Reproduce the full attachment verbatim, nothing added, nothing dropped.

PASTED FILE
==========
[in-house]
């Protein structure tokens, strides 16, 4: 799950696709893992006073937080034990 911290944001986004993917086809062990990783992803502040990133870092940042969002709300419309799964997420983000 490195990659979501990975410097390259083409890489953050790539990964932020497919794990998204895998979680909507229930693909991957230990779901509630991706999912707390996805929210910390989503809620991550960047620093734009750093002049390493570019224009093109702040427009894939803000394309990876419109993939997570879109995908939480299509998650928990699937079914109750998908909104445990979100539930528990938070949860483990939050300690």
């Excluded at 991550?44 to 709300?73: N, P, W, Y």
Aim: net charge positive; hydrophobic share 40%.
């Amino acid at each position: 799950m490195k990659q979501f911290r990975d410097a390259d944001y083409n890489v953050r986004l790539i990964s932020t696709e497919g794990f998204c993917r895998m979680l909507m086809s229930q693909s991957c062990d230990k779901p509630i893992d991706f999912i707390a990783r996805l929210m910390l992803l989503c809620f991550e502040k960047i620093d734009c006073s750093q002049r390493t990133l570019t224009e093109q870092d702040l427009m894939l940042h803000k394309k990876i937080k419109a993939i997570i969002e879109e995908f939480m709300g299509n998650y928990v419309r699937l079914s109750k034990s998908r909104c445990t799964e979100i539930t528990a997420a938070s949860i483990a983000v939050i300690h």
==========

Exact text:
[in-house]
């Protein structure tokens, strides 16, 4: 799950696709893992006073937080034990 911290944001986004993917086809062990990783992803502040990133870092940042969002709300419309799964997420983000 490195990659979501990975410097390259083409890489953050790539990964932020497919794990998204895998979680909507229930693909991957230990779901509630991706999912707390996805929210910390989503809620991550960047620093734009750093002049390493570019224009093109702040427009894939803000394309990876419109993939997570879109995908939480299509998650928990699937079914109750998908909104445990979100539930528990938070949860483990939050300690």
């Excluded at 991550?44 to 709300?73: N, P, W, Y």
Aim: net charge positive; hydrophobic share 40%.
């Amino acid at each position: 799950m490195k990659q979501f911290r990975d410097a390259d944001y083409n890489v953050r986004l790539i990964s932020t696709e497919g794990f998204c993917r895998m979680l909507m086809s229930q693909s991957c062990d230990k779901p509630i893992d991706f999912i707390a990783r996805l929210m910390l992803l989503c809620f991550e502040k960047i620093d734009c006073s750093q002049r390493t990133l570019t224009e093109q870092d702040l427009m894939l940042h803000k394309k990876i937080k419109a993939i997570i969002e879109e995908f939480m709300g299509n998650y928990v419309r699937l079914s109750k034990s998908r909104c445990t799964e979100i539930t528990a997420a938070s949860i483990a983000v939050i300690h």